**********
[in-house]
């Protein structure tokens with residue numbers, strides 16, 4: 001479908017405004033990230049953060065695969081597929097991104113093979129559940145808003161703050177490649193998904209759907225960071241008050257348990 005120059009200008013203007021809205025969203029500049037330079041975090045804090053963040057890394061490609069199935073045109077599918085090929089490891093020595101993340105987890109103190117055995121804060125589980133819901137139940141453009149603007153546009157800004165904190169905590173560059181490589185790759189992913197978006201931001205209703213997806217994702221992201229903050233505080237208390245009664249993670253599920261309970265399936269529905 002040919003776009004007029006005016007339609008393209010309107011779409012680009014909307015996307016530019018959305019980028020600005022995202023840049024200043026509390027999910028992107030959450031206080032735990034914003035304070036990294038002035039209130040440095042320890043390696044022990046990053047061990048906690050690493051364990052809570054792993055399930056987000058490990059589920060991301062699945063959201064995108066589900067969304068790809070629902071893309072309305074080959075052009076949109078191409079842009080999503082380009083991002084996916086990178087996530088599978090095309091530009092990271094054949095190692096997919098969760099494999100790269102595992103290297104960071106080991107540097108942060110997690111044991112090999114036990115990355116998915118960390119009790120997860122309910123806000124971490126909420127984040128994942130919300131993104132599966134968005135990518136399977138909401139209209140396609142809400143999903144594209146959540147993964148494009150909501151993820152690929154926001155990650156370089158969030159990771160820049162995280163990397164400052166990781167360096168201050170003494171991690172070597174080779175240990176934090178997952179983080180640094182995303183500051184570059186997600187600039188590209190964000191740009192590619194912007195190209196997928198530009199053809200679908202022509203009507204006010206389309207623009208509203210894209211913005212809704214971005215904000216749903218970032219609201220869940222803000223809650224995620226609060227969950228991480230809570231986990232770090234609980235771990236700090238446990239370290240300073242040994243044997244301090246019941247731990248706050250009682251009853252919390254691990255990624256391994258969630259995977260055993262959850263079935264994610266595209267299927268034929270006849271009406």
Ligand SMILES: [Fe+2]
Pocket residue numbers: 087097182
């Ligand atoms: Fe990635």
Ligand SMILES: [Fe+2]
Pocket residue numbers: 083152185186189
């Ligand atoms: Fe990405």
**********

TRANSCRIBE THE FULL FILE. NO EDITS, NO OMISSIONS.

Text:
[in-house]
């Protein structure tokens with residue numbers, strides 16, 4: 001479908017405004033990230049953060065695969081597929097991104113093979129559940145808003161703050177490649193998904209759907225960071241008050257348990 005120059009200008013203007021809205025969203029500049037330079041975090045804090053963040057890394061490609069199935073045109077599918085090929089490891093020595101993340105987890109103190117055995121804060125589980133819901137139940141453009149603007153546009157800004165904190169905590173560059181490589185790759189992913197978006201931001205209703213997806217994702221992201229903050233505080237208390245009664249993670253599920261309970265399936269529905 002040919003776009004007029006005016007339609008393209010309107011779409012680009014909307015996307016530019018959305019980028020600005022995202023840049024200043026509390027999910028992107030959450031206080032735990034914003035304070036990294038002035039209130040440095042320890043390696044022990046990053047061990048906690050690493051364990052809570054792993055399930056987000058490990059589920060991301062699945063959201064995108066589900067969304068790809070629902071893309072309305074080959075052009076949109078191409079842009080999503082380009083991002084996916086990178087996530088599978090095309091530009092990271094054949095190692096997919098969760099494999100790269102595992103290297104960071106080991107540097108942060110997690111044991112090999114036990115990355116998915118960390119009790120997860122309910123806000124971490126909420127984040128994942130919300131993104132599966134968005135990518136399977138909401139209209140396609142809400143999903144594209146959540147993964148494009150909501151993820152690929154926001155990650156370089158969030159990771160820049162995280163990397164400052166990781167360096168201050170003494171991690172070597174080779175240990176934090178997952179983080180640094182995303183500051184570059186997600187600039188590209190964000191740009192590619194912007195190209196997928198530009199053809200679908202022509203009507204006010206389309207623009208509203210894209211913005212809704214971005215904000216749903218970032219609201220869940222803000223809650224995620226609060227969950228991480230809570231986990232770090234609980235771990236700090238446990239370290240300073242040994243044997244301090246019941247731990248706050250009682251009853252919390254691990255990624256391994258969630259995977260055993262959850263079935264994610266595209267299927268034929270006849271009406």
Ligand SMILES: [Fe+2]
Pocket residue numbers: 087097182
């Ligand atoms: Fe990635």
Ligand SMILES: [Fe+2]
Pocket residue numbers: 083152185186189
């Ligand atoms: Fe990405």